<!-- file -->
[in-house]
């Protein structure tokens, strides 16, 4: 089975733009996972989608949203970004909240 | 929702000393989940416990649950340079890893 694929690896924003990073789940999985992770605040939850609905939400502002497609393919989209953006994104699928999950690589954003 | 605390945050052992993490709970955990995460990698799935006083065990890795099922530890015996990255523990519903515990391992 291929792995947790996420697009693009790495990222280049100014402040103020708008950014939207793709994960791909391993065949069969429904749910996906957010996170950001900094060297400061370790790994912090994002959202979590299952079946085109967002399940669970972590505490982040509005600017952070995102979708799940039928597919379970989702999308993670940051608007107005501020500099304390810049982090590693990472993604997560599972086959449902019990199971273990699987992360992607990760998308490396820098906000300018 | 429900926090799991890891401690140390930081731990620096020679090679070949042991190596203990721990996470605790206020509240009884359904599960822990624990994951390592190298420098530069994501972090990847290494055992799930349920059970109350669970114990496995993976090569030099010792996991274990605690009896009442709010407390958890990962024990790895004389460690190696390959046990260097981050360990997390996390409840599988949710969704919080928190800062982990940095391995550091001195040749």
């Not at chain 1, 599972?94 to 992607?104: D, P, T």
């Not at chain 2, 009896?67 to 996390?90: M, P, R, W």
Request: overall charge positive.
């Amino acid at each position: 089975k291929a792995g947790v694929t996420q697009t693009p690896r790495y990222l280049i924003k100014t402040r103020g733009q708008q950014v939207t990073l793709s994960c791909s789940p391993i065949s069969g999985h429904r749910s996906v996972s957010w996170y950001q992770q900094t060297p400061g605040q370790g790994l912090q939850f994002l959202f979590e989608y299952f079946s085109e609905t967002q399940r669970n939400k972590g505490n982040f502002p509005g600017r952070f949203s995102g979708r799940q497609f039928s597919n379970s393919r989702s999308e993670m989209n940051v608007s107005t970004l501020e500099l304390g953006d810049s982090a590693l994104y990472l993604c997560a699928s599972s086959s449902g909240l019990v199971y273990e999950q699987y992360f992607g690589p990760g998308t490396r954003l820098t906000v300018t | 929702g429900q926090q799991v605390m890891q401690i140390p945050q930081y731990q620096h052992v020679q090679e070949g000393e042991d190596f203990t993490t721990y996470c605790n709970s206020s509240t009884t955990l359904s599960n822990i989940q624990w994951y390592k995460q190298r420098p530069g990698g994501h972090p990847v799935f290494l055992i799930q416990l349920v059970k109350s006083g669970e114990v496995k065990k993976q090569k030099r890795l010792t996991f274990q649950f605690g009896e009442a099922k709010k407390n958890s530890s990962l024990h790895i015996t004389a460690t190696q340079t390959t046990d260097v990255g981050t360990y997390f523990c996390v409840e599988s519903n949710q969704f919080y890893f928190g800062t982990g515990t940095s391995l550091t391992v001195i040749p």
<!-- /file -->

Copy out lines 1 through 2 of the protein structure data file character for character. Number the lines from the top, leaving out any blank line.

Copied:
[in-house]
């Protein structure tokens, strides 16, 4: 089975733009996972989608949203970004909240 | 929702000393989940416990649950340079890893 694929690896924003990073789940999985992770605040939850609905939400502002497609393919989209953006994104699928999950690589954003 | 605390945050052992993490709970955990995460990698799935006083065990890795099922530890015996990255523990519903515990391992 291929792995947790996420697009693009790495990222280049100014402040103020708008950014939207793709994960791909391993065949069969429904749910996906957010996170950001900094060297400061370790790994912090994002959202979590299952079946085109967002399940669970972590505490982040509005600017952070995102979708799940039928597919379970989702999308993670940051608007107005501020500099304390810049982090590693990472993604997560599972086959449902019990199971273990699987992360992607990760998308490396820098906000300018 | 429900926090799991890891401690140390930081731990620096020679090679070949042991190596203990721990996470605790206020509240009884359904599960822990624990994951390592190298420098530069994501972090990847290494055992799930349920059970109350669970114990496995993976090569030099010792996991274990605690009896009442709010407390958890990962024990790895004389460690190696390959046990260097981050360990997390996390409840599988949710969704919080928190800062982990940095391995550091001195040749």